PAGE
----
Mother Loses Son To Diabetes, Rallies To Make Prescription Drugs More Affordable
Nicole Smith-Holt of Richfield, Minnesota spent the eve of Mother's Day on the steps of the Minnesota Capitol and rallied against the increasing prices of prescription medicines including the diabetes drug insulin, an epidemic that killed her son Alec Smith.
Insulin Price Surge
Smith-Holt joined other protestors in what has been billed as the Insulin Day of Action to call on lawmakers to lower the prices of insulin and other prescription drugs in the United States, which has skyrocketed by 100 percent in the past 10 years. Joined by her husband James, the bereaved mother called for a legislation that would prevent excessive price increases for medications needed for Americans to survive, including insulin and epinephrine allergy injections.
"I thought it was only fitting that I'd spend my day doing the things he loved to do to make me happy," Smith-Holt said of her son, whom she said died from lack of insulin.
Alec Smith died at the age of 26 in his Minneapolis apartment on June 27 just weeks after aging out of his parents' insurance coverage. An autopsy revealed that he died from a critical shortage of insulin called diabetic ketoacidosis. He was unable to afford the $1,300 refill on his own so begun rationing diabetes medication until his next paycheck without his parents' knowledge.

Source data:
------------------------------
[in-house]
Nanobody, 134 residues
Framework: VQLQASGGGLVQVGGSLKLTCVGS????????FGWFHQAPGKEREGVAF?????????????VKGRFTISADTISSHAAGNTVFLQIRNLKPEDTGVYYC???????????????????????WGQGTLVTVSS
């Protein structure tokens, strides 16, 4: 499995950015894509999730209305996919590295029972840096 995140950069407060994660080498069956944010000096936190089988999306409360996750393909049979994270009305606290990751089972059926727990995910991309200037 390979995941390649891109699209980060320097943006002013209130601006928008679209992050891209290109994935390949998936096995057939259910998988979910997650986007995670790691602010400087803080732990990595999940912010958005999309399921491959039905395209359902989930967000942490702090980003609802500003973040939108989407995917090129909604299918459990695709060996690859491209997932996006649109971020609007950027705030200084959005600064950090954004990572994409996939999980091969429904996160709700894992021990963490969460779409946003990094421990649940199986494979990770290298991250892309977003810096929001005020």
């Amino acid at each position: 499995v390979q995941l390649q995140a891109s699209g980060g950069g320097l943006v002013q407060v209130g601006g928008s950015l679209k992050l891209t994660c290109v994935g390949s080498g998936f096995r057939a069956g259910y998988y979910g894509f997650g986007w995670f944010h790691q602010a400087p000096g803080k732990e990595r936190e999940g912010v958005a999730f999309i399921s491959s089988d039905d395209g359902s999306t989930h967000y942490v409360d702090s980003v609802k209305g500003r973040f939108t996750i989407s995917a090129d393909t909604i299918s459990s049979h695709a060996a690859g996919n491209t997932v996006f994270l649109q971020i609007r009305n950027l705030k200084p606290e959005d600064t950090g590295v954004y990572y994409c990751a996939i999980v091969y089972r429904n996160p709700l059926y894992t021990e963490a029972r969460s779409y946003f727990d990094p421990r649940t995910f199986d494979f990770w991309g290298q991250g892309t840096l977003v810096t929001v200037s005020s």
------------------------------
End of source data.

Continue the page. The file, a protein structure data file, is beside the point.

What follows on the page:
This is the first time that Smith-Hold celebrated Mother's Day without her son. She admitted that it is heartbreaking since he would always spend the day with her. She recalled that Alec would always show up at her job to bring her a bouquet of flowers or take her out for dinner on Mother's Day.
"I should be with my son. I should not have had to bury him at such a young age. No one should have to bury a child," the anguished mother said.
The rally came after President Donald Trump unveiled his plan to lower the medication prices with a focus on private competition instead of under Medicare. U.S. Senator Amy Klobuchar criticized the president's plan for not doing enough negotiations with the pharmaceutical industry.
Klobuchar said that Alec's story is not isolated. She also vowed to help Smith-Holt and the others in their plight to lower the prices of pharmaceutical medicines.
"The pharmaceutical companies own Washington. We're not going to take this anymore. We're going to stand up against the drug companies," Klobuchar said.